Amazing leadership, great people, challenging problems to solve, innovative, take very good care of employees, awesome benefits. All around, an amazing job.
None at this time.
I applied online. The process took 4 weeks. I interviewed at Uber in February 2014.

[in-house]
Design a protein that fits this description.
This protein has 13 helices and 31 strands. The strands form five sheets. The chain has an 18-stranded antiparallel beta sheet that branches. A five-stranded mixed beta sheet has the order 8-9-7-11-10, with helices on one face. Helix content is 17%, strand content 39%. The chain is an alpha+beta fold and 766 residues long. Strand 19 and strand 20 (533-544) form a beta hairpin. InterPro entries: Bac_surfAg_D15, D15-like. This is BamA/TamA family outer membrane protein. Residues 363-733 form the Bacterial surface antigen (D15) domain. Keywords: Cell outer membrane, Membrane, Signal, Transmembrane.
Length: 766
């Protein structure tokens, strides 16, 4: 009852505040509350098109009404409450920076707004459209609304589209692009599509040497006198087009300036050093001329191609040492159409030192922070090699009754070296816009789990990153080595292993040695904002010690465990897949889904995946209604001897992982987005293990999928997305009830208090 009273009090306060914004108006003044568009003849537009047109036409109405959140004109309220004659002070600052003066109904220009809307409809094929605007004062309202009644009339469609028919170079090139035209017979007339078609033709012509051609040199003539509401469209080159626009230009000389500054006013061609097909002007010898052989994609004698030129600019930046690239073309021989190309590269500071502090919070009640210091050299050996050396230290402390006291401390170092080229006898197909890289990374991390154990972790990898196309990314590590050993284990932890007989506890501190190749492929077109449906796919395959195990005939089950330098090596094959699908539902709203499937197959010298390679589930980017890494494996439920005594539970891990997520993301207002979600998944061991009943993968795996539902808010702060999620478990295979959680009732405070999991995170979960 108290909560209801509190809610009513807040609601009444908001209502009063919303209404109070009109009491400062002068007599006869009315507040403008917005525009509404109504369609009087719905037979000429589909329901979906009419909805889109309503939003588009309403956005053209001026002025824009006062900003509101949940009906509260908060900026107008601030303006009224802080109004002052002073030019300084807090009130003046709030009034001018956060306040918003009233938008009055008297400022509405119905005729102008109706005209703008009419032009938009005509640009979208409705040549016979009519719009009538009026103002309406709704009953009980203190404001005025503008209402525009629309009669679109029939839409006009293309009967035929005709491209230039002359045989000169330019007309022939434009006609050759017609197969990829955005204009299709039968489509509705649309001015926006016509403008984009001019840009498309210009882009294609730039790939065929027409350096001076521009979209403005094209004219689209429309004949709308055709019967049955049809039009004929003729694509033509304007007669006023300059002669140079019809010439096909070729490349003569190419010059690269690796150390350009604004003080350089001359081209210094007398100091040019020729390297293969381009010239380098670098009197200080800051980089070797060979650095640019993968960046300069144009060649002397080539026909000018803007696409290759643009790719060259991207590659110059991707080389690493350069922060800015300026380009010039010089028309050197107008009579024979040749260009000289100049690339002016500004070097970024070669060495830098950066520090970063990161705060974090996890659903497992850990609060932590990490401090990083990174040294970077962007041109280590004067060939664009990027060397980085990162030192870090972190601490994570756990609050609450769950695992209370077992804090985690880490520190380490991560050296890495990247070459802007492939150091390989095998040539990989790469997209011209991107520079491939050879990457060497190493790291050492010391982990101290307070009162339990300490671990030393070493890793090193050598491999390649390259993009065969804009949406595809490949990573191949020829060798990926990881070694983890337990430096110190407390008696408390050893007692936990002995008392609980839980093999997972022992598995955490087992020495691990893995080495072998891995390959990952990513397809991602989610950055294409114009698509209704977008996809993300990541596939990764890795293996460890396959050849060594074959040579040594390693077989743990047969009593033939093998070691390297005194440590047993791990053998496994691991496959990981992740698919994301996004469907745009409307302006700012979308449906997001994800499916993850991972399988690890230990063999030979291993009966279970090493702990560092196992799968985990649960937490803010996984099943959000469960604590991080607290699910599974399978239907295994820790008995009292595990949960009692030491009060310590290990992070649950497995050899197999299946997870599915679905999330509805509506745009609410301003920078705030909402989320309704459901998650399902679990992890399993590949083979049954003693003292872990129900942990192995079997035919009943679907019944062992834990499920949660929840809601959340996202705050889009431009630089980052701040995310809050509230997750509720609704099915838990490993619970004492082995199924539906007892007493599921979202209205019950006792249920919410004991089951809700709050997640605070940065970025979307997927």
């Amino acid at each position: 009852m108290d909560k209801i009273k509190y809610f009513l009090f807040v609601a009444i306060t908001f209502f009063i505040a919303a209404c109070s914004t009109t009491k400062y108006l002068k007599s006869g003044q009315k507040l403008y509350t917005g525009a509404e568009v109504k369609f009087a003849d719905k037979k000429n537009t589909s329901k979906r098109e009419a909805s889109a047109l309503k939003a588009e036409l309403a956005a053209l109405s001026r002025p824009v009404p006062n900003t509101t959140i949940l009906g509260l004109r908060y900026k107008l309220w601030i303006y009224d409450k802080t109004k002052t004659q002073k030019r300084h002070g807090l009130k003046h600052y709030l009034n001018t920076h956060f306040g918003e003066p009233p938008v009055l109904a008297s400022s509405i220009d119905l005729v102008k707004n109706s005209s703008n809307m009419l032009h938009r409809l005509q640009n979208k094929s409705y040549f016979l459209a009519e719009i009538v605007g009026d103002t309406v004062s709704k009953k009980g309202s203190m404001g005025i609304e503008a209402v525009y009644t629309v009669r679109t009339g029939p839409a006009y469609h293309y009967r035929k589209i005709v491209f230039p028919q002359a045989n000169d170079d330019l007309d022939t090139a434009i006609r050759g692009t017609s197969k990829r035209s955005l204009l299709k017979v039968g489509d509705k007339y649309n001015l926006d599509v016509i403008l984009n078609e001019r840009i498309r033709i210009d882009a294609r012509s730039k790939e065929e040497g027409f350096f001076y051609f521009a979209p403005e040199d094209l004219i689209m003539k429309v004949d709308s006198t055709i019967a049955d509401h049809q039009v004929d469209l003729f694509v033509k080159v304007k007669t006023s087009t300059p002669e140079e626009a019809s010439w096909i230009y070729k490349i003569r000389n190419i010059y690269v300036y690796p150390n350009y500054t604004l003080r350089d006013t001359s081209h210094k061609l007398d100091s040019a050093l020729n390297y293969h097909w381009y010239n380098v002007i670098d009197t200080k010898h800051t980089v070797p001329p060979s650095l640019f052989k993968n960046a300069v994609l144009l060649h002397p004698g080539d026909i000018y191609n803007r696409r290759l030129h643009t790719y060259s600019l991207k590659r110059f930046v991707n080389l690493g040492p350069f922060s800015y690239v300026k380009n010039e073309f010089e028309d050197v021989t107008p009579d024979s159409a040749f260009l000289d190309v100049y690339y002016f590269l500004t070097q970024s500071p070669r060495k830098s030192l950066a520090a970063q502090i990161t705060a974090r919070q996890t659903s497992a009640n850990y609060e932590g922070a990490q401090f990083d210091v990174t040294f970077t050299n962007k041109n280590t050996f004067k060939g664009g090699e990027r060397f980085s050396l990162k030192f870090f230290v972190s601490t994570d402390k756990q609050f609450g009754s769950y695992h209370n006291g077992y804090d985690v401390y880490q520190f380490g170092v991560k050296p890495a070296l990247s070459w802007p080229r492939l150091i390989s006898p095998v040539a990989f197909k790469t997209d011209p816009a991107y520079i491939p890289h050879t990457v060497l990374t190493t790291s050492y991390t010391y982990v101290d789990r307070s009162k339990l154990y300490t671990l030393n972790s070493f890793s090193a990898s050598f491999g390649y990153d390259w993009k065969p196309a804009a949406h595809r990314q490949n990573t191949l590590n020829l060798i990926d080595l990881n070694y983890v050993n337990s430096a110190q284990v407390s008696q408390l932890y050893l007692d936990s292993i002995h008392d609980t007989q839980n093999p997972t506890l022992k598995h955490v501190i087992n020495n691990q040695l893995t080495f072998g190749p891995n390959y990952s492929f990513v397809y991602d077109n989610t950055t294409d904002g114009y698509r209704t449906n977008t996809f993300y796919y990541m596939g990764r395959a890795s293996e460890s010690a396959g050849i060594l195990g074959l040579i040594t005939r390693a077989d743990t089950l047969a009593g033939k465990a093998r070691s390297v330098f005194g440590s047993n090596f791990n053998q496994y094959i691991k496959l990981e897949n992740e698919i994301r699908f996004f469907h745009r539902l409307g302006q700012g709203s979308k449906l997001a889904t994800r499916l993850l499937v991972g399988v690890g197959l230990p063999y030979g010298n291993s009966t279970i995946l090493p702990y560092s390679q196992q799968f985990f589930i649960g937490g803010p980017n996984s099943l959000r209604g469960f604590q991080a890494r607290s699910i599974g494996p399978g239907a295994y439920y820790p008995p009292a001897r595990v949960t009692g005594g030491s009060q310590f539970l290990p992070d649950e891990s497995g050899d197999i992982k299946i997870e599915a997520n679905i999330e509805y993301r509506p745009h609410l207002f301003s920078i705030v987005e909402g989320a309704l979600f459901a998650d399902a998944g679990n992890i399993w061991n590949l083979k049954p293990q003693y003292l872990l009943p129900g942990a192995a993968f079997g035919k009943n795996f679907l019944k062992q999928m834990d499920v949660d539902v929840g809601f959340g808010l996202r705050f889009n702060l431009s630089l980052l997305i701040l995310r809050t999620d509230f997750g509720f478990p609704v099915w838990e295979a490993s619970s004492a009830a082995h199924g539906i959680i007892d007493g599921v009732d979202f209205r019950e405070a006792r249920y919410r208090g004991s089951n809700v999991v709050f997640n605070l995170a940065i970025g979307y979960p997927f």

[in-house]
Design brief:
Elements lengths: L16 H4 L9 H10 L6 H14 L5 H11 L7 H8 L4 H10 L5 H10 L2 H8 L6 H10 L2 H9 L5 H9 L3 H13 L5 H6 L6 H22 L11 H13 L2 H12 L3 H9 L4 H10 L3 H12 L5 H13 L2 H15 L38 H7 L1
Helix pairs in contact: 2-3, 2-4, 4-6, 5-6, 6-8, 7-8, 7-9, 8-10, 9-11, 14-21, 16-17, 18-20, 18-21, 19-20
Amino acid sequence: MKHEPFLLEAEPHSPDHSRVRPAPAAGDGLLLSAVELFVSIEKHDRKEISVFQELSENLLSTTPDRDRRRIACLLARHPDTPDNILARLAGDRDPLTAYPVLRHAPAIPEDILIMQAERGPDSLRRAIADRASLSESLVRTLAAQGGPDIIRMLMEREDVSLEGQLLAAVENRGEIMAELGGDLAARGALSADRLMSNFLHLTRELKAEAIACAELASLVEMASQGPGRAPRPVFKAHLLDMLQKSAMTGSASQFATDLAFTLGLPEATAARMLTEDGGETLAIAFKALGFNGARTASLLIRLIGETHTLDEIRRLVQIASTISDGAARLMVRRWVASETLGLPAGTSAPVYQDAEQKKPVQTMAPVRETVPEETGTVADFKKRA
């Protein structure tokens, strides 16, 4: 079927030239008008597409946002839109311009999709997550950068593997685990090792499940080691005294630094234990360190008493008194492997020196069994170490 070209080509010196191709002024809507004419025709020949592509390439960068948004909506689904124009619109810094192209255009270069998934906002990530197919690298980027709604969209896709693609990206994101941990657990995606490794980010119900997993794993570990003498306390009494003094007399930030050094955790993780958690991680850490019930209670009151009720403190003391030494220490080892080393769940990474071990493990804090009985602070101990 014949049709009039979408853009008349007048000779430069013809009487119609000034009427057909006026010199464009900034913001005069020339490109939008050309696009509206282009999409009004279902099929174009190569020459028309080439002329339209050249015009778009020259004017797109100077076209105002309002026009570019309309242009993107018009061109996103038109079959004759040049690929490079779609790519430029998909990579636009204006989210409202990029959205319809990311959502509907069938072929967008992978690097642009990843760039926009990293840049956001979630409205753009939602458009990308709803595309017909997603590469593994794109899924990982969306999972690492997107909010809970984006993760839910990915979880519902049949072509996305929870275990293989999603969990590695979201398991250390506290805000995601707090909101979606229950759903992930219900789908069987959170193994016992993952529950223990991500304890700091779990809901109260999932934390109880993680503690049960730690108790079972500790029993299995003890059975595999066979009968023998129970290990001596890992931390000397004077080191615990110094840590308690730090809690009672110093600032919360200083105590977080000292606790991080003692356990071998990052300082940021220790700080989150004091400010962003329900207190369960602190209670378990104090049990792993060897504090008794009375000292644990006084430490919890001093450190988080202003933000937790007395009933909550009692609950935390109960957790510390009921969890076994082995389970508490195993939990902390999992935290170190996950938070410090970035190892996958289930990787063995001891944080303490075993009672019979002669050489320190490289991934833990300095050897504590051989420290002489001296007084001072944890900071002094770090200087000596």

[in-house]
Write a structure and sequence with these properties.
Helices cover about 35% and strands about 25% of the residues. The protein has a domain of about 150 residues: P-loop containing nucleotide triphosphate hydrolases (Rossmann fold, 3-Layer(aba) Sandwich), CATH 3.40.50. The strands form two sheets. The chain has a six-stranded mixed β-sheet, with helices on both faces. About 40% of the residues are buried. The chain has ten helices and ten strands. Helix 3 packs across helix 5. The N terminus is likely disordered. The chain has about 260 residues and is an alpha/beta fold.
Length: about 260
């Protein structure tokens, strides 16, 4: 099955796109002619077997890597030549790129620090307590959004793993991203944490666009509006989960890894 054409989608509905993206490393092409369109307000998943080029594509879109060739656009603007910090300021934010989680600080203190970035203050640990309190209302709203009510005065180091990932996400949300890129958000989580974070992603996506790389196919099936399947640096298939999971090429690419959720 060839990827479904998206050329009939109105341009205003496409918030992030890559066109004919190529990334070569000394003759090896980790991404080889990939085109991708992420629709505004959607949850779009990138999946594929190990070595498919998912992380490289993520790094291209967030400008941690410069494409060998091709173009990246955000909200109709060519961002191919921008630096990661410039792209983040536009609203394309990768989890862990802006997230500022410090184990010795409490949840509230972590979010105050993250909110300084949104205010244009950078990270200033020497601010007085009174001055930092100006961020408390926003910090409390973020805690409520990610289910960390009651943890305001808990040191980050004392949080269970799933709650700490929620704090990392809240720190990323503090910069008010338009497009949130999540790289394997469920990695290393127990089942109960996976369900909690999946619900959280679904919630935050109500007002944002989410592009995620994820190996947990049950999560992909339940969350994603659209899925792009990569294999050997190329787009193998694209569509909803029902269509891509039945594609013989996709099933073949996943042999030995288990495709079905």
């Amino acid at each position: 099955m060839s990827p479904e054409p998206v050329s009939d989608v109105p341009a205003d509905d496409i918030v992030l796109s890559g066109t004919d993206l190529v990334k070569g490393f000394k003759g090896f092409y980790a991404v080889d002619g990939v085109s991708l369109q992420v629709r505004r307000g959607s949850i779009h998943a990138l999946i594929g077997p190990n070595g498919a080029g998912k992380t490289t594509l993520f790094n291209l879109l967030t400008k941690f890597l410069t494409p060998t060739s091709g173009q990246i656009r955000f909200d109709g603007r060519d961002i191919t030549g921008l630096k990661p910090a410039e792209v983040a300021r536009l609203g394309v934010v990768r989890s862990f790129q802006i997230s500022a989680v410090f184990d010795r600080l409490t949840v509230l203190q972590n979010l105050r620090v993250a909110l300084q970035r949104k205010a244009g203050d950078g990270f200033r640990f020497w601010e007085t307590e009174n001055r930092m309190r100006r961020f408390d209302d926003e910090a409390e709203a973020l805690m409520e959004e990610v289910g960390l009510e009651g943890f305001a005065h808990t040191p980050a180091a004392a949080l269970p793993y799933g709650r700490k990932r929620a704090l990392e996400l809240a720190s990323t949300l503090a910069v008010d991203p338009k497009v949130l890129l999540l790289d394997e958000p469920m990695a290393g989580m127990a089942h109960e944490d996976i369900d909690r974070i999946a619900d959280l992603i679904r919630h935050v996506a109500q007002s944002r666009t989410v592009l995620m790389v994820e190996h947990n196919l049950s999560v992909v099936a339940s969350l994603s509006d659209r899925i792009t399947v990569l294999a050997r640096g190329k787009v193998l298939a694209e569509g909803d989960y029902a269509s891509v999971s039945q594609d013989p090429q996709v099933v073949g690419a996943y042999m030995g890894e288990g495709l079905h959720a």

I applied online mid January and received a phone call mid February around 6:30pm on a Friday night. Here are the steps that followed: 1) Sunday night: 5-10 minute phone call with someone at the Uber office I had applied to, general background questions, are you eligible to work in the United States etc. The person I spoke to also asked right off the bat what I was looking for in salary and stated that they had been hiring people between the $60 - $65K range, and that number was implied to be rather inflexible. 2) Tuesday: Two hour timed analytics test, completed online. You download two CSV files and use that data to answer 28 multiple choice questions. Twenty of the 28 questions had to do with straight data analysis (which 10 hour span in the course of two weeks had the most requests), while the remaining eight were a bit more interpretive (which of the following metrics would be most valuable for determining demand). The final four questions were free-form essay answers. Ones I recall are: Write a letter to drivers (can be for an upcoming holiday or just a general newsletter), which of two given bonus structures would be better in incentivizing drivers to work (fixed per ride, fixed per hour, variable but a minimum of rides required). I would say I am pretty good with Excel and a fast writer and I finished in about 1 hour 45 minutes. There were only about 3 questions that were very difficult. 3) Thursday/Friday: Two 20-30 minute phone interviews with members of the Uber team at the location where I applied. The first 10 minutes or so each time was comprised of the general tell us about your resume, why do you want to leave your company, why Uber in particular type questions. The next 10-15 minutes had questions like how would you sell an existing taxi driver on using Uber (biggest one was safety), why don't taxi drivers like using credit cards (taxes, a cut of the money gets taken out by processing fees, they don't get the money right away like cash) and some other questions that I can't recall. The last few minutes are opened up to the candidate to ask them questions. 4) Following Wednesday: Two hour interview at the Uber office consisting of four 30-minute panels. Each panel was 3-4 people asking me questions. There were at least three other people being interviewed for the same position concurrently, so the panelists rotated between us. Mine was conducted inside a room full of random Uber-related supplies and storage units. The interview took place from 6-8pm on a Wednesday night, which seems a bit asinine given that most people applying already worked a full day beforehand but perhaps Uber wants to see how candidates perform when they're both tired and stressed, who knows. In each panel maybe 2 minutes are devoted to hearing about you as a person or candidate (tell us about your resume... hmm I see here you've worked for X for Y years, tell us about that) -- after that they jump right in to questions. There is little to no time to make a connection with your interviewers, it's really all about being able to answer the specific questions they ask. Despite the fact that I heard over and over again how everyone who works at Uber came from other industries 100% of the questions were about Uber-specific processes or items, there was not a single general aptitude or skills question until the final panel asked "Tell us about a project you worked on that you were proud of," or something to that effect. See the "Interview Questions" section below for examples. At the end of one of the panels, almost as an afterthought, the last question I was asked was: Tell us something you're passionate about. I thought, stupidly, that this was a genuine attempt to get to know me as a person so I answered with a legitimate answer -- let's say it was fine dining. Instead of the expected reply prompting me to share a human anecdote or a commonality between the interviewer and myself he replied "OK great, make a PowerPoint presentation about fine dining and send it to me by <looks at watch> 8pm tomorrow night." I asked for more direction and was told, essentially, sell me on fine dining. I wasn't told if this was supposed to be a test of my presentation skills, sales skills or just a signal that I was devoted to this job. I have a real life with other responsibilities, so I spent about 2 hours the next morning before work putting something together and sent it in. The next time I heard from Uber was 5-6 days later I received a generic form email at 11pm informing me they'd decided to go in a different direction. I was not particularly inclined to inquire as to why I was not selected.